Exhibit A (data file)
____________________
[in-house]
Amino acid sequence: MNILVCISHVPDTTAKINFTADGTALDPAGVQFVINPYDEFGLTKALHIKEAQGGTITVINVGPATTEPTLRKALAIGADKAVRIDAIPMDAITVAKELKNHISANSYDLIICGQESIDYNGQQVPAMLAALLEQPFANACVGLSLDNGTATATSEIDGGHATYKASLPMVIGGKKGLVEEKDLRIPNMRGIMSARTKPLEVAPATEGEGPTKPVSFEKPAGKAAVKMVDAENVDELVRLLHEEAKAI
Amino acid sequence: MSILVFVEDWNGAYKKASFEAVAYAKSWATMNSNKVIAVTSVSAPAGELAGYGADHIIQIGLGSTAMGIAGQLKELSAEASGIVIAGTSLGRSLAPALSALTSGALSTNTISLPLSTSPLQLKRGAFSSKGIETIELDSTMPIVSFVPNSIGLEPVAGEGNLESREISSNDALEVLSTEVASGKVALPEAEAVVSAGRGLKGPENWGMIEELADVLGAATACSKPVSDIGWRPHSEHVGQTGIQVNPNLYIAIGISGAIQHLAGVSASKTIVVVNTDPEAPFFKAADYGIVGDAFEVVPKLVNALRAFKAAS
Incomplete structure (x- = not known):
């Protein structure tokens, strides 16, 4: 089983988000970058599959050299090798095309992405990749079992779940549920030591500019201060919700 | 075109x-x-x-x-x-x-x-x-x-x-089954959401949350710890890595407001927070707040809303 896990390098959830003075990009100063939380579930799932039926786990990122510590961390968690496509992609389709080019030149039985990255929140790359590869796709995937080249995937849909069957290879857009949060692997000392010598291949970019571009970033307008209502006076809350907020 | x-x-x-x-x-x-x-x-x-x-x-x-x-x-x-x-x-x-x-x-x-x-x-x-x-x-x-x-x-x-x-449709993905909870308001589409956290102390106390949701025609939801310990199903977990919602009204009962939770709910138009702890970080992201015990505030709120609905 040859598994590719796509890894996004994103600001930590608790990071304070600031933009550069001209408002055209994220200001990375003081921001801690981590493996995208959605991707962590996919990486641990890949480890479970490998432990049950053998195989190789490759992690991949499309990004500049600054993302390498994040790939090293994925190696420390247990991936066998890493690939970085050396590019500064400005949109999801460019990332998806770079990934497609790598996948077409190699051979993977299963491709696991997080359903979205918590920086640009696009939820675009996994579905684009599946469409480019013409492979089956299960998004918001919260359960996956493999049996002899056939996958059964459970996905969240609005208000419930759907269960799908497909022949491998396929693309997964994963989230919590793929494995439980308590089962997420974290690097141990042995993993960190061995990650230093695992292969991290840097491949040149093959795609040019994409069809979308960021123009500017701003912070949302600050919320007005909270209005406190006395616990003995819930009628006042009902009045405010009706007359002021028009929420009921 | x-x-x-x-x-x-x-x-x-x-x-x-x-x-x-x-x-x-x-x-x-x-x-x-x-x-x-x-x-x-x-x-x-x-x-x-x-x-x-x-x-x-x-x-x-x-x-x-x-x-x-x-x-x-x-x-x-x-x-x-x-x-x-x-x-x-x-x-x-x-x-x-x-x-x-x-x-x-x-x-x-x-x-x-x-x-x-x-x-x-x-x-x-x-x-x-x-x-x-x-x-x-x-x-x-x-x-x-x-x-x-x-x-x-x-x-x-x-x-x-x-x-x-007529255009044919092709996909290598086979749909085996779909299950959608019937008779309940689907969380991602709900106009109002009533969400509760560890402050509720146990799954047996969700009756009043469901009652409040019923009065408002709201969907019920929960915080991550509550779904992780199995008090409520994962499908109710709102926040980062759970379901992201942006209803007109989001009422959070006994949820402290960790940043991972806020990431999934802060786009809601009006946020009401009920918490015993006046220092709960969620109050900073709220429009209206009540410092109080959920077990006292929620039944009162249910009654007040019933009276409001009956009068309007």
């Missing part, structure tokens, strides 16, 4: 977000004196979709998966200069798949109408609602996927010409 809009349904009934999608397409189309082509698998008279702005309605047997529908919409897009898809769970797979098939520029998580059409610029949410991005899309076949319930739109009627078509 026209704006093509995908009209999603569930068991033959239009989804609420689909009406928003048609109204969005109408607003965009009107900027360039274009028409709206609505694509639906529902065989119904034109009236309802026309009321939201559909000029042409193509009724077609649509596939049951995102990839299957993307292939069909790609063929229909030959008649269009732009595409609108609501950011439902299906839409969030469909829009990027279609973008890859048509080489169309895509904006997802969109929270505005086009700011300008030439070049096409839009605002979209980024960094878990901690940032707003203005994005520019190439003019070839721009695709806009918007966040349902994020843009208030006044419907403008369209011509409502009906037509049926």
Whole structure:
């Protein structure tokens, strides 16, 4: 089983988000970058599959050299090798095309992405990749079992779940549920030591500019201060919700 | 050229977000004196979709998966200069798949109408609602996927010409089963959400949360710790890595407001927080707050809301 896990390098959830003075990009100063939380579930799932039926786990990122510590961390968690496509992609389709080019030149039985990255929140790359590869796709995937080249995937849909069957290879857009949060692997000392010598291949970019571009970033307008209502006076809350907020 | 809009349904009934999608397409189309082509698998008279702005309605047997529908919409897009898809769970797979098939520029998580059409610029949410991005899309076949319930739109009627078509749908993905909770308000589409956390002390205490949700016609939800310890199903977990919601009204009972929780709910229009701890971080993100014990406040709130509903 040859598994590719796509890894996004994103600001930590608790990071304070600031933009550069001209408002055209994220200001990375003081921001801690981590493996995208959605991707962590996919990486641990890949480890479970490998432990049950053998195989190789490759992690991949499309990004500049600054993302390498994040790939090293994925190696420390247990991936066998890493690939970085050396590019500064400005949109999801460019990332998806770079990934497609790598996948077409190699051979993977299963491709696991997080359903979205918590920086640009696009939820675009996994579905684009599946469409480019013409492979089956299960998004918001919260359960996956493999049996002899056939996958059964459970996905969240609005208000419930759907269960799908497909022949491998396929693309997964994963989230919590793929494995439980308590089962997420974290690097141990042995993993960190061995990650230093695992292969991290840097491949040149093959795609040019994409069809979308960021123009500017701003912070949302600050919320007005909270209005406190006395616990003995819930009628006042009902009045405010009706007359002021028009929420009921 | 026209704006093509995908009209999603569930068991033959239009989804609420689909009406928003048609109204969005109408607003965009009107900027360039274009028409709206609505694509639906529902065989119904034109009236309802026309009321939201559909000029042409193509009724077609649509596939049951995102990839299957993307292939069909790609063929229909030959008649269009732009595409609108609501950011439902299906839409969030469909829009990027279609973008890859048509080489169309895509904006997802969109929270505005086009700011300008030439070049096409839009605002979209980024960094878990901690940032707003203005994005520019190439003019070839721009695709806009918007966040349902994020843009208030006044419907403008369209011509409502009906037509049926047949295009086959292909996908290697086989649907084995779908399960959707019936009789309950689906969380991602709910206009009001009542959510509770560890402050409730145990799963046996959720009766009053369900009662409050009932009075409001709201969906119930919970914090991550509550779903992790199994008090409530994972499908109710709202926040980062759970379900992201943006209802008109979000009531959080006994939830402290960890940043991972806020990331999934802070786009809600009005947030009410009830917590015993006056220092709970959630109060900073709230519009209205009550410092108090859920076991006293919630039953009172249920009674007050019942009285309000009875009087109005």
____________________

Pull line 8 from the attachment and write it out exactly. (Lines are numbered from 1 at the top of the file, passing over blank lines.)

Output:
């Protein structure tokens, strides 16, 4: 089983988000970058599959050299090798095309992405990749079992779940549920030591500019201060919700 | 050229977000004196979709998966200069798949109408609602996927010409089963959400949360710790890595407001927080707050809301 896990390098959830003075990009100063939380579930799932039926786990990122510590961390968690496509992609389709080019030149039985990255929140790359590869796709995937080249995937849909069957290879857009949060692997000392010598291949970019571009970033307008209502006076809350907020 | 809009349904009934999608397409189309082509698998008279702005309605047997529908919409897009898809769970797979098939520029998580059409610029949410991005899309076949319930739109009627078509749908993905909770308000589409956390002390205490949700016609939800310890199903977990919601009204009972929780709910229009701890971080993100014990406040709130509903 040859598994590719796509890894996004994103600001930590608790990071304070600031933009550069001209408002055209994220200001990375003081921001801690981590493996995208959605991707962590996919990486641990890949480890479970490998432990049950053998195989190789490759992690991949499309990004500049600054993302390498994040790939090293994925190696420390247990991936066998890493690939970085050396590019500064400005949109999801460019990332998806770079990934497609790598996948077409190699051979993977299963491709696991997080359903979205918590920086640009696009939820675009996994579905684009599946469409480019013409492979089956299960998004918001919260359960996956493999049996002899056939996958059964459970996905969240609005208000419930759907269960799908497909022949491998396929693309997964994963989230919590793929494995439980308590089962997420974290690097141990042995993993960190061995990650230093695992292969991290840097491949040149093959795609040019994409069809979308960021123009500017701003912070949302600050919320007005909270209005406190006395616990003995819930009628006042009902009045405010009706007359002021028009929420009921 | 026209704006093509995908009209999603569930068991033959239009989804609420689909009406928003048609109204969005109408607003965009009107900027360039274009028409709206609505694509639906529902065989119904034109009236309802026309009321939201559909000029042409193509009724077609649509596939049951995102990839299957993307292939069909790609063929229909030959008649269009732009595409609108609501950011439902299906839409969030469909829009990027279609973008890859048509080489169309895509904006997802969109929270505005086009700011300008030439070049096409839009605002979209980024960094878990901690940032707003203005994005520019190439003019070839721009695709806009918007966040349902994020843009208030006044419907403008369209011509409502009906037509049926047949295009086959292909996908290697086989649907084995779908399960959707019936009789309950689906969380991602709910206009009001009542959510509770560890402050409730145990799963046996959720009766009053369900009662409050009932009075409001709201969906119930919970914090991550509550779903992790199994008090409530994972499908109710709202926040980062759970379900992201943006209802008109979000009531959080006994939830402290960890940043991972806020990331999934802070786009809600009005947030009410009830917590015993006056220092709970959630109060900073709230519009209205009550410092108090859920076991006293919630039953009172249920009674007050019942009285309000009875009087109005």